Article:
It is now time to enter Passiontide. This is taken as the last two weeks of Lent ending on Holy Saturday. The choir have chosen Richard Lloyd’s idiomatic setting of the spiritual ‘Were you there when they crucified my Lord?’

Thomas Tallis’s Salvator Mundi (O Saviour of the World) has been selected to recall the darkness of Good Friday when Christ died on the Cross. It was published in the 1575 volume Cantiones Sacrae which was a joint enterprise with William Byrd. This perfectly engineered anthem sees the opening plainchant develop into the wonderful world of polyphony.

Few listeners to ecclesiastical music can be unaware of Bob Chilcott’s contribution to the genre. The present anthem for Easter is not a triumphant shout, but a profound contemplation, inspired by a text by George Herbert, ‘The Arising’. This anthem showcases Chilcott’s wonderful harmonies and magical melodic lines. It is a restrained work that considers the spiritual, rather than the historical, aspect of the Resurrection on Easter Day.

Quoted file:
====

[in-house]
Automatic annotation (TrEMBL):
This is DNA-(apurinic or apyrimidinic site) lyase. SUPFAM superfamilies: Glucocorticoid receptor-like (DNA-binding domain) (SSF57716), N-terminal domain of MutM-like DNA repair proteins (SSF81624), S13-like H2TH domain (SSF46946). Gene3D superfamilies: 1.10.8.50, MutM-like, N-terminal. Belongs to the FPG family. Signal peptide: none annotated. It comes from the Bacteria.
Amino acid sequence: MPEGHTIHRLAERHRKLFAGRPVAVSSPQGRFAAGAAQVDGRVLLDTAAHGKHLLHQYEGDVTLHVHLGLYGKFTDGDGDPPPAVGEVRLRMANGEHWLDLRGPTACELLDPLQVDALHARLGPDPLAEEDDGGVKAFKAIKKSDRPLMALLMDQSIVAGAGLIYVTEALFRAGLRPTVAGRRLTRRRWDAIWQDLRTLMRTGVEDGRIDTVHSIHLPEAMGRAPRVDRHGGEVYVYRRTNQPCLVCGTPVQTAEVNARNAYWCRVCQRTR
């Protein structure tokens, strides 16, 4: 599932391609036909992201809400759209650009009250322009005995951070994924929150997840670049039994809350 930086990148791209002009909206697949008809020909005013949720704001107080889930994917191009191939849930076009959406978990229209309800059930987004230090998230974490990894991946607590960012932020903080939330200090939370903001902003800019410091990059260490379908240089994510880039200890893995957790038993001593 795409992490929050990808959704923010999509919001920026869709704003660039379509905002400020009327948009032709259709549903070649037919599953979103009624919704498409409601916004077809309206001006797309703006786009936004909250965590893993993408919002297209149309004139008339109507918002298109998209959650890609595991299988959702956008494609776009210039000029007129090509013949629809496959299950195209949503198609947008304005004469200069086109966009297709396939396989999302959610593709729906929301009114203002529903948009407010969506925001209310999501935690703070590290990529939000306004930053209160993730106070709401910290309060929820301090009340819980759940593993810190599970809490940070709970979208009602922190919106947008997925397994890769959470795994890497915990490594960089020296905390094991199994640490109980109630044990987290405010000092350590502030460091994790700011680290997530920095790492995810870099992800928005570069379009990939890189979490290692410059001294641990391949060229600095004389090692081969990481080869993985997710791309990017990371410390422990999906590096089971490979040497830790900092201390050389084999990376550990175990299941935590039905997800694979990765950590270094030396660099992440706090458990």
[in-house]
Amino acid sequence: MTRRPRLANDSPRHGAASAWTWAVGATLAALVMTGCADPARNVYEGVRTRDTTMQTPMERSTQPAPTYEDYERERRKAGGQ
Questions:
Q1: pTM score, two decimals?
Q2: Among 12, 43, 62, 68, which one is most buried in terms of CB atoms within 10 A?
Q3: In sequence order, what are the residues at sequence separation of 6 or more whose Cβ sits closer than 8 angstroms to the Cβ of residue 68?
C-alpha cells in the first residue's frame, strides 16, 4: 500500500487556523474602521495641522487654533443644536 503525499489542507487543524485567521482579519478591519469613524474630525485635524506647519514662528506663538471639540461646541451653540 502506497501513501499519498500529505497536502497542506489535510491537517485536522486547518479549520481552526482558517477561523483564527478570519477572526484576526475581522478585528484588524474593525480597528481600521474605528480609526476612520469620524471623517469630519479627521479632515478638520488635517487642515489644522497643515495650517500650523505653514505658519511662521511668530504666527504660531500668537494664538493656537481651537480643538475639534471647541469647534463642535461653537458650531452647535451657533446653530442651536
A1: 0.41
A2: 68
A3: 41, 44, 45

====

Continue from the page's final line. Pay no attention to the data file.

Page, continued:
The Feast of the Ascension, where Jesus is taken up into heaven, is celebrated with Gerald Finzi’s largely atypical anthem ‘God is Gone Up’. This great paean of praise was composed during 1951 for that year’s St Cecilia’s Festival at St Sepulchre-without-Newgate Church, Holborn Viaduct. It is far removed from the quiet pastoralism that Finzi is typically (sometimes unfairly) recalled.

From this point onward, the Church enters the long (seemingly interminable) period of Trinity. Look at the Prayer Book – from the First to the Twenty-Fifth Sunday[s] after Trinity! The present CD from Lincoln has included several liturgical highlights that occur during this ‘teaching’ period in the Church’s Calendar. The most ‘modernistic’ work on this CD is Judith Bingham’s setting of the ‘Corpus Christi Carol’ which honours the institution of the Eucharist. This piece makes a musical journey from light to shadow.